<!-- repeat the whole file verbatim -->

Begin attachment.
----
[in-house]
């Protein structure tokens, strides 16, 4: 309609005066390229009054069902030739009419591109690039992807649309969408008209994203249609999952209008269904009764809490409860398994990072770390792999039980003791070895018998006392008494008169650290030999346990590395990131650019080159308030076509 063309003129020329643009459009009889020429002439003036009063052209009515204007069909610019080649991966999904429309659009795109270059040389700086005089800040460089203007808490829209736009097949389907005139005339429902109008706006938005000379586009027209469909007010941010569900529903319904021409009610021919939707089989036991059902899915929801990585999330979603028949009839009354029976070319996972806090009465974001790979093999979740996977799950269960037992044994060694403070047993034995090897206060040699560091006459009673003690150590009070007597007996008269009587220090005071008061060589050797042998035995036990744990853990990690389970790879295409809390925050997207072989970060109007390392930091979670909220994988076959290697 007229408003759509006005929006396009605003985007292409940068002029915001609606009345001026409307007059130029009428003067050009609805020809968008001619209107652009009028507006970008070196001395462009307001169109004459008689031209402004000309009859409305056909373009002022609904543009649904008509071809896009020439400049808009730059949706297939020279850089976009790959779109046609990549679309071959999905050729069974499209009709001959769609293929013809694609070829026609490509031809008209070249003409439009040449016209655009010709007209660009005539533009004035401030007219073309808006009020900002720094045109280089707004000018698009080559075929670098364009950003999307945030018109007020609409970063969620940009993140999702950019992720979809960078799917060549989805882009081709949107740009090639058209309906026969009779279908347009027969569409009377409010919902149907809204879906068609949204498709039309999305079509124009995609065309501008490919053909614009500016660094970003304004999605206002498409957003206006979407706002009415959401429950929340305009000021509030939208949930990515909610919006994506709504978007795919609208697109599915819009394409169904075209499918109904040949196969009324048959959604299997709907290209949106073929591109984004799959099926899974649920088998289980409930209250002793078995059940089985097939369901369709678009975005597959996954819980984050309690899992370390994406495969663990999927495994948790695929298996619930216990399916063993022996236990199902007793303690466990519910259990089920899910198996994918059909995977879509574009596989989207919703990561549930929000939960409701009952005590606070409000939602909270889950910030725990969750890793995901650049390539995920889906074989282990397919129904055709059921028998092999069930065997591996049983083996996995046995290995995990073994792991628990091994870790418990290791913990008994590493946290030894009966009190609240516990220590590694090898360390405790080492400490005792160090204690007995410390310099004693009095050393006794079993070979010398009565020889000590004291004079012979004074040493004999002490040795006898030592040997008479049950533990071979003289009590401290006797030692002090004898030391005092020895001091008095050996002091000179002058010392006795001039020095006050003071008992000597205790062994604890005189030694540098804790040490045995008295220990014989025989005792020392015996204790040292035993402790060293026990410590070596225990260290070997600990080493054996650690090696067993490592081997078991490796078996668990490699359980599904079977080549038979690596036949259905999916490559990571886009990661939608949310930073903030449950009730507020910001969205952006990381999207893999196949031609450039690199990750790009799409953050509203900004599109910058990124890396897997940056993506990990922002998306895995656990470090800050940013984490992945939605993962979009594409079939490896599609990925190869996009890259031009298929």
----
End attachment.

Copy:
[in-house]
């Protein structure tokens, strides 16, 4: 309609005066390229009054069902030739009419591109690039992807649309969408008209994203249609999952209008269904009764809490409860398994990072770390792999039980003791070895018998006392008494008169650290030999346990590395990131650019080159308030076509 063309003129020329643009459009009889020429002439003036009063052209009515204007069909610019080649991966999904429309659009795109270059040389700086005089800040460089203007808490829209736009097949389907005139005339429902109008706006938005000379586009027209469909007010941010569900529903319904021409009610021919939707089989036991059902899915929801990585999330979603028949009839009354029976070319996972806090009465974001790979093999979740996977799950269960037992044994060694403070047993034995090897206060040699560091006459009673003690150590009070007597007996008269009587220090005071008061060589050797042998035995036990744990853990990690389970790879295409809390925050997207072989970060109007390392930091979670909220994988076959290697 007229408003759509006005929006396009605003985007292409940068002029915001609606009345001026409307007059130029009428003067050009609805020809968008001619209107652009009028507006970008070196001395462009307001169109004459008689031209402004000309009859409305056909373009002022609904543009649904008509071809896009020439400049808009730059949706297939020279850089976009790959779109046609990549679309071959999905050729069974499209009709001959769609293929013809694609070829026609490509031809008209070249003409439009040449016209655009010709007209660009005539533009004035401030007219073309808006009020900002720094045109280089707004000018698009080559075929670098364009950003999307945030018109007020609409970063969620940009993140999702950019992720979809960078799917060549989805882009081709949107740009090639058209309906026969009779279908347009027969569409009377409010919902149907809204879906068609949204498709039309999305079509124009995609065309501008490919053909614009500016660094970003304004999605206002498409957003206006979407706002009415959401429950929340305009000021509030939208949930990515909610919006994506709504978007795919609208697109599915819009394409169904075209499918109904040949196969009324048959959604299997709907290209949106073929591109984004799959099926899974649920088998289980409930209250002793078995059940089985097939369901369709678009975005597959996954819980984050309690899992370390994406495969663990999927495994948790695929298996619930216990399916063993022996236990199902007793303690466990519910259990089920899910198996994918059909995977879509574009596989989207919703990561549930929000939960409701009952005590606070409000939602909270889950910030725990969750890793995901650049390539995920889906074989282990397919129904055709059921028998092999069930065997591996049983083996996995046995290995995990073994792991628990091994870790418990290791913990008994590493946290030894009966009190609240516990220590590694090898360390405790080492400490005792160090204690007995410390310099004693009095050393006794079993070979010398009565020889000590004291004079012979004074040493004999002490040795006898030592040997008479049950533990071979003289009590401290006797030692002090004898030391005092020895001091008095050996002091000179002058010392006795001039020095006050003071008992000597205790062994604890005189030694540098804790040490045995008295220990014989025989005792020392015996204790040292035993402790060293026990410590070596225990260290070997600990080493054996650690090696067993490592081997078991490796078996668990490699359980599904079977080549038979690596036949259905999916490559990571886009990661939608949310930073903030449950009730507020910001969205952006990381999207893999196949031609450039690199990750790009799409953050509203900004599109910058990124890396897997940056993506990990922002998306895995656990470090800050940013984490992945939605993962979009594409079939490896599609990925190869996009890259031009298929």